What are vaccinations?
*This answer comes with a friendly reminder that I’m not a medical professional, but my explanation is based on information from reliable scientific sites.
Basically, vaccines can be compared to driving lessons. Just like a novice driver takes driving lessons to prepare him for a dreaded driver’s licence test, vaccines serve as a ‘lesson’ to prepare our immune systems for an actual disease. In essence, vaccines teach our bodies to identify diseases as an ‘enemy’ and react to this enemy by providing us with the necessary weapons (antibodies). When the body is eventually attacked by a life-threatening disease, it can immediately defend itself and eliminate the disease. Vaccinations (despite their bad rep) seem to have a giving nature as it also protects unvaccinated people by a method called herd immunity. Herd immunity is based on the fact that if the greater majority of the population is vaccinated, then the unvaccinated are less likely to come in contact with a disease.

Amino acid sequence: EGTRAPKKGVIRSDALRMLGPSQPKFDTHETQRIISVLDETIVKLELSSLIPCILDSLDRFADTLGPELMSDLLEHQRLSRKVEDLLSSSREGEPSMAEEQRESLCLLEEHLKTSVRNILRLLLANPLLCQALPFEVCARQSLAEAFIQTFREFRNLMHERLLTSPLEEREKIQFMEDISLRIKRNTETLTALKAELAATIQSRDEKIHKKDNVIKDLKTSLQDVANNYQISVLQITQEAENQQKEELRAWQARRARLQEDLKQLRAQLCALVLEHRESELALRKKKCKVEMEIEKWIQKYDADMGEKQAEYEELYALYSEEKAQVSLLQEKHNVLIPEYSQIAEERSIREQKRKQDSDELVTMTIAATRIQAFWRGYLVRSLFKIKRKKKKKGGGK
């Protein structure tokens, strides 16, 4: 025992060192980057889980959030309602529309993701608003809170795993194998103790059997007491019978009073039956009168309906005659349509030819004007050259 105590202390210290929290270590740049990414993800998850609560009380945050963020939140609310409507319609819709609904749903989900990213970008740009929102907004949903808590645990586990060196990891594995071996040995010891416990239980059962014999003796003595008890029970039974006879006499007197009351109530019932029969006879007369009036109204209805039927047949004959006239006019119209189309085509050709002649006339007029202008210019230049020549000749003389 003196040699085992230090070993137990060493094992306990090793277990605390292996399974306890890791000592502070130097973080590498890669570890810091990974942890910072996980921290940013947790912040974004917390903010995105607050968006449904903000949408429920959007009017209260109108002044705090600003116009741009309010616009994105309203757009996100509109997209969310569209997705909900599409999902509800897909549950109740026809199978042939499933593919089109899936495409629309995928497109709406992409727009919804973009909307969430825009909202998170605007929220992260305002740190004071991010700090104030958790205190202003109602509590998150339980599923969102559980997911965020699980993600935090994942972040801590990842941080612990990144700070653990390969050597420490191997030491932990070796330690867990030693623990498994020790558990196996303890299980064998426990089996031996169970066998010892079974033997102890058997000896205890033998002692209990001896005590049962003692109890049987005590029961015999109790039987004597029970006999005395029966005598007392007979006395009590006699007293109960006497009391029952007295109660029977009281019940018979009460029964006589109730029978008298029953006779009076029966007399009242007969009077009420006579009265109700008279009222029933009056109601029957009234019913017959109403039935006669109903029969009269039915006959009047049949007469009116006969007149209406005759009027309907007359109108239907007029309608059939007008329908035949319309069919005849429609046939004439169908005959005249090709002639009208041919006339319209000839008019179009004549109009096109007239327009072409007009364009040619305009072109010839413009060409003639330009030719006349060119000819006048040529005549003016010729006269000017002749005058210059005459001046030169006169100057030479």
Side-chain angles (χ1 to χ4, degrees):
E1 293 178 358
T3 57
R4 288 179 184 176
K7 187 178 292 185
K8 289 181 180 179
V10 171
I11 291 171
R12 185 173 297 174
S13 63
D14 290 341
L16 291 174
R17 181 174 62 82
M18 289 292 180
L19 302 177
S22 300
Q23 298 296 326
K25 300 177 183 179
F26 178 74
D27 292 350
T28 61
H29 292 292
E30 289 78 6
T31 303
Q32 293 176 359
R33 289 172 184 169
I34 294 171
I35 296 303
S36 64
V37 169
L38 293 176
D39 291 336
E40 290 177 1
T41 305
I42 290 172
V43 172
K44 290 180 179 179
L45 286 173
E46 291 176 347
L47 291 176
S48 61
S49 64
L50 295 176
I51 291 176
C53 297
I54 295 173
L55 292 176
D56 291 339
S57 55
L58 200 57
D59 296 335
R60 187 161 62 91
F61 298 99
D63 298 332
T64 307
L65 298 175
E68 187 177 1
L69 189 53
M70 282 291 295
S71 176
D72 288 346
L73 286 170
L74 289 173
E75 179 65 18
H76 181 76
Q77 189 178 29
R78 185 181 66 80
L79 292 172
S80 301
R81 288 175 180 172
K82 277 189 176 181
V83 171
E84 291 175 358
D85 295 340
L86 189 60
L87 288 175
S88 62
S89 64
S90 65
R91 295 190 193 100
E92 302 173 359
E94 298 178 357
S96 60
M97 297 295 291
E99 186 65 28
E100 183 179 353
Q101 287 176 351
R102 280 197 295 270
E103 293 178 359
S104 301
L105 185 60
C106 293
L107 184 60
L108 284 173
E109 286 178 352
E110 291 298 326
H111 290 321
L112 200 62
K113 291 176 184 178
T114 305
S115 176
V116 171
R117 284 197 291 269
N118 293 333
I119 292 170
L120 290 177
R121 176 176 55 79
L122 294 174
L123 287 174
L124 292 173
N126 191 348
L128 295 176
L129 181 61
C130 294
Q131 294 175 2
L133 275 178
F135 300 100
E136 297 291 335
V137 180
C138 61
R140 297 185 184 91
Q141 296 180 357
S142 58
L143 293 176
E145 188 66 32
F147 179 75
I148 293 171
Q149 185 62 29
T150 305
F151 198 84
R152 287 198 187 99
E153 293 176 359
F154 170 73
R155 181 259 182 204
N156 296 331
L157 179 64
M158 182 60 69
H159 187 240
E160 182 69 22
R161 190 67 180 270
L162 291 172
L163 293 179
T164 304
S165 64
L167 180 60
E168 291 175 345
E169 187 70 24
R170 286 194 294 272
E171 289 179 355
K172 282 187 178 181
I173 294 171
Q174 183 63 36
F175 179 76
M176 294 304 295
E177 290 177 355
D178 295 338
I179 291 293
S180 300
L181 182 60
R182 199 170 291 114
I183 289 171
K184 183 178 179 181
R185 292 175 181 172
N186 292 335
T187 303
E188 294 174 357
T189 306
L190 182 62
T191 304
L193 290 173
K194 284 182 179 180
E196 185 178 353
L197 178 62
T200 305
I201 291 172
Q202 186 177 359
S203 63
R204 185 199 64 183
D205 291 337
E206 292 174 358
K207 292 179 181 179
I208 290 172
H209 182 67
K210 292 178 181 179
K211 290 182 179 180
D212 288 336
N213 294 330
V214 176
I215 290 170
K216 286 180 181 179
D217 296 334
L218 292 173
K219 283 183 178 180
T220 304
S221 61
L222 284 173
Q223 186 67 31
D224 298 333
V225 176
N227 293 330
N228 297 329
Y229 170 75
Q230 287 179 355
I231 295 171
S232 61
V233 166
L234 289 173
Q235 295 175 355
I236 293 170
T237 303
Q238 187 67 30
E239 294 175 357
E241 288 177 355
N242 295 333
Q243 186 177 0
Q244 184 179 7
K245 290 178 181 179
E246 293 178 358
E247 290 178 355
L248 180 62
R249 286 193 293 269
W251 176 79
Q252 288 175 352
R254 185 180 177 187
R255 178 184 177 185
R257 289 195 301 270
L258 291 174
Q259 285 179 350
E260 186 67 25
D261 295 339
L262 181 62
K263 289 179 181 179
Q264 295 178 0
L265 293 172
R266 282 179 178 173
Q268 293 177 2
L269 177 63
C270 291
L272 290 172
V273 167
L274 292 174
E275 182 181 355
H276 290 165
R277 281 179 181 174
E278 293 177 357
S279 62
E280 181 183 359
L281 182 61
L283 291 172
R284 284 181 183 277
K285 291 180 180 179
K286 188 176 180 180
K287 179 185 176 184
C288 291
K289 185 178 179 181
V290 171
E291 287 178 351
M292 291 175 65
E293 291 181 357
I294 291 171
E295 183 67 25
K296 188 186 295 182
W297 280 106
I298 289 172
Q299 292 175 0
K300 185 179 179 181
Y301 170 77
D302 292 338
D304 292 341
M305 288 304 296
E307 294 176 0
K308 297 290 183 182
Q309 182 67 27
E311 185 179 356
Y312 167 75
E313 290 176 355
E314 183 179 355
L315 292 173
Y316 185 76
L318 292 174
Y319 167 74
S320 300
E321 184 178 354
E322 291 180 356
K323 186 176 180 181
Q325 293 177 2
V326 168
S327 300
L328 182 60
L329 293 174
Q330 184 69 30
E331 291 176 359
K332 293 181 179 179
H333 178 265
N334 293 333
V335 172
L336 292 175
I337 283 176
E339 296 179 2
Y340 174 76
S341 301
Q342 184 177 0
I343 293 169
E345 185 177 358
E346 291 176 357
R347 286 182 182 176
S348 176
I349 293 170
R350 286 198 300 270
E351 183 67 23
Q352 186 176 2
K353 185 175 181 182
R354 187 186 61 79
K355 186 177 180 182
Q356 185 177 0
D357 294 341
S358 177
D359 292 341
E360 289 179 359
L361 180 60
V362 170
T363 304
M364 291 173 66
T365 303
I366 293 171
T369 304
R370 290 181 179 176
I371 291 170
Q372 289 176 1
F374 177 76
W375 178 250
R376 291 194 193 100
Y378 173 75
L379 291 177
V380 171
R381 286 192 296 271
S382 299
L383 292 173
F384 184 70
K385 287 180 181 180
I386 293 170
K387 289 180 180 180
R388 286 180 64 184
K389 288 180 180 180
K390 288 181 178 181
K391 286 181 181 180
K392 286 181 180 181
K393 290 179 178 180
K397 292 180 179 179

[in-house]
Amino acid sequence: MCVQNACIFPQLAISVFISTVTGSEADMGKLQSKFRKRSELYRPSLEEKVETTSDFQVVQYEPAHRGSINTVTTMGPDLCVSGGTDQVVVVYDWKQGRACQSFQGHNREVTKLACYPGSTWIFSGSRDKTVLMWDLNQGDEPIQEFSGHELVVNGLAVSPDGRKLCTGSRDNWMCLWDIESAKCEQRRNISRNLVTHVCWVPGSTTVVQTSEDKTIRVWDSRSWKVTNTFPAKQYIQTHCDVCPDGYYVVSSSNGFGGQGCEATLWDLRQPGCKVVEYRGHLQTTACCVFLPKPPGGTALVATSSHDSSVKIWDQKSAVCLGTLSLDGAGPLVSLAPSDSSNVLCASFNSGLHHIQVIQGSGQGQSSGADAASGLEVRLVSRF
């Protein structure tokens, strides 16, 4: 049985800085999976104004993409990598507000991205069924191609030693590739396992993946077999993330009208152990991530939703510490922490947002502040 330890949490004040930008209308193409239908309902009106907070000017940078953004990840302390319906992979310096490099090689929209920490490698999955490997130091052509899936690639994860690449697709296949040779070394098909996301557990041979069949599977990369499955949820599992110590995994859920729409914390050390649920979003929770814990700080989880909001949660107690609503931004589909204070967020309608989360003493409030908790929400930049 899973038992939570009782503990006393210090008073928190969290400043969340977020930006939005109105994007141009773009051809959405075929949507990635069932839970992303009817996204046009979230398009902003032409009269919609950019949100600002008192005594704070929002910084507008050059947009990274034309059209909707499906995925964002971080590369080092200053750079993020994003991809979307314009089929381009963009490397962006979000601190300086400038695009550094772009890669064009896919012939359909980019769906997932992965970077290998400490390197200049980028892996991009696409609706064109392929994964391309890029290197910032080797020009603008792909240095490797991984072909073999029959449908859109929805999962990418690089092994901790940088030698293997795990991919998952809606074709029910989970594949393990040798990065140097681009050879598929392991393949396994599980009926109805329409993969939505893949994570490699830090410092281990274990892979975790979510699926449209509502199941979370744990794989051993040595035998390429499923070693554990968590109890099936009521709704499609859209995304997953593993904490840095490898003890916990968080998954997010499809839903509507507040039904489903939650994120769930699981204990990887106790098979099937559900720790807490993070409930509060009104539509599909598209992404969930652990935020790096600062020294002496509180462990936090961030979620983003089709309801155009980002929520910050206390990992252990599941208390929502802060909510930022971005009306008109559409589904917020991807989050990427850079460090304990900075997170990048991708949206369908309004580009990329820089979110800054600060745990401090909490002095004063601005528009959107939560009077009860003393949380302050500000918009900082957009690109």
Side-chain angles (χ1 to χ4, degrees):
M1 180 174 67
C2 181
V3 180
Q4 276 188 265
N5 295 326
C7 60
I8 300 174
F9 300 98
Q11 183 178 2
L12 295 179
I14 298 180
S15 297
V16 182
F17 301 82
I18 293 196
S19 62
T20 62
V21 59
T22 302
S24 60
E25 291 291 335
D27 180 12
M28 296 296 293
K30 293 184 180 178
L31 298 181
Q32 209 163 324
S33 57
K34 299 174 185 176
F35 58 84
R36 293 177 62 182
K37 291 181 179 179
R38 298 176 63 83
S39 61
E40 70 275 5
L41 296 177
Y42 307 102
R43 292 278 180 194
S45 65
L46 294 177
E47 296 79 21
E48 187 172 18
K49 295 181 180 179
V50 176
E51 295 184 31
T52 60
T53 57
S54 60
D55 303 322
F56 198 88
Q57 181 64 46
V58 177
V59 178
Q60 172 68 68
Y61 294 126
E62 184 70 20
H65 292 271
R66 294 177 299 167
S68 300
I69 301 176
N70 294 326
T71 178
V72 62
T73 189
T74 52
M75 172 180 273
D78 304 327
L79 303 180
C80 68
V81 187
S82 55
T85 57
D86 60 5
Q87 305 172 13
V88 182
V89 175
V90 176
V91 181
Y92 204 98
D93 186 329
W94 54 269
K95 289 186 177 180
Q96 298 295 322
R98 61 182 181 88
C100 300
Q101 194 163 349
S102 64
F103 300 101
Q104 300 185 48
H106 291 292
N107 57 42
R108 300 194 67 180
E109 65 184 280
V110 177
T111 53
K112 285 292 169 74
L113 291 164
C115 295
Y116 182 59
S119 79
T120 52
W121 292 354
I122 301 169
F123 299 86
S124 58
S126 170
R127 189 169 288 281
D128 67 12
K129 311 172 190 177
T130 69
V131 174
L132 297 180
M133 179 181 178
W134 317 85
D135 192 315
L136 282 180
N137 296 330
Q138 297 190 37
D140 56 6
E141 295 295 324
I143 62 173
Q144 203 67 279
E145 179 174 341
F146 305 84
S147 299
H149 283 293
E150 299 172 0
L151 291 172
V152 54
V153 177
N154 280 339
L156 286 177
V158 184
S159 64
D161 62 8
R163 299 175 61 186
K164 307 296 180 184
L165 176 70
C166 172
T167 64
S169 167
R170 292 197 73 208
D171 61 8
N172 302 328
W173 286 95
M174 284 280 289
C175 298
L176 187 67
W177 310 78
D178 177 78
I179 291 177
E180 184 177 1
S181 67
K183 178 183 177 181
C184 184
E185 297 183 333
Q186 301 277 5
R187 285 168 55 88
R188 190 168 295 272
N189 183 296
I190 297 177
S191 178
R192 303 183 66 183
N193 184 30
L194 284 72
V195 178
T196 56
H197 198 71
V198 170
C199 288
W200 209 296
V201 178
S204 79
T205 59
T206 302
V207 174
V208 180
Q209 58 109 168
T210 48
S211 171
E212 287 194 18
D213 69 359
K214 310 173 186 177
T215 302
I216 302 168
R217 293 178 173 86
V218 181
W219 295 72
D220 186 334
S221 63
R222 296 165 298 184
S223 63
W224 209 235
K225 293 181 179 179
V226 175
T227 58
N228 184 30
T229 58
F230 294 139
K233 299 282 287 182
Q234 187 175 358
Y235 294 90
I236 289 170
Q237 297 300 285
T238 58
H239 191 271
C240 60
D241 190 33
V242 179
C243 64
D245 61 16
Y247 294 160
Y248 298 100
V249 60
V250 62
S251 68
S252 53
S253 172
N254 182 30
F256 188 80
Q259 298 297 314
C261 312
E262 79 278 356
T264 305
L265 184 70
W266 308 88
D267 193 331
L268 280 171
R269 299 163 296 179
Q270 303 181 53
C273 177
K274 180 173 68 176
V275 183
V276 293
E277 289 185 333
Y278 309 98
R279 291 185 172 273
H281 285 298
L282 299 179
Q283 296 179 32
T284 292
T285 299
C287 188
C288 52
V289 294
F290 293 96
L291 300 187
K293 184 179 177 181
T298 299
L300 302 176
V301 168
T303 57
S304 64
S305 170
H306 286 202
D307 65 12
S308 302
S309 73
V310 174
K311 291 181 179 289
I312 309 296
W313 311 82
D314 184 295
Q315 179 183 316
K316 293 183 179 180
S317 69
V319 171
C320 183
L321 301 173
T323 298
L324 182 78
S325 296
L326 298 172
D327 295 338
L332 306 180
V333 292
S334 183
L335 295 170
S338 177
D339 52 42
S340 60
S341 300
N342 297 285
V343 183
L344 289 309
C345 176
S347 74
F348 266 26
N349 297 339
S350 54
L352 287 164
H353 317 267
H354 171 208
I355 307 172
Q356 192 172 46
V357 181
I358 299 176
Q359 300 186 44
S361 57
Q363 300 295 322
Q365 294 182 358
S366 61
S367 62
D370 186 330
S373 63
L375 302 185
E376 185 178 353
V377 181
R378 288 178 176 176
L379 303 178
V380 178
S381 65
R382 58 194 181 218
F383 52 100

[Vaccination Fact: Some people can’t be vaccinated due to being too young or having a compromised immune system due to conditions such as Cancer or HIV.]
Why are anti-vaxxers fuelling the anti-vaccine movement?
There is no single answer as to why anti-vaxxers choose not to vaccinate their children. An anti-vaxxer’s decision is usually based on one of the following reasons:
- their religious beliefs and values;
- autism may be caused by vaccines; or
- the safety and efficacy in general of vaccines.
On the religious front, numerous studies look at which religious groups are for and against vaccines and why. Though I won’t go into detail into the religious stances, it does seem as if most religious authorities reach their final decision by comparing the risks of not vaccinating to the religious concerns of using vaccinations. If the religious debates interests you have a look at https://www.ncbi.nlm.nih.gov/pmc/articles/PMC5141457/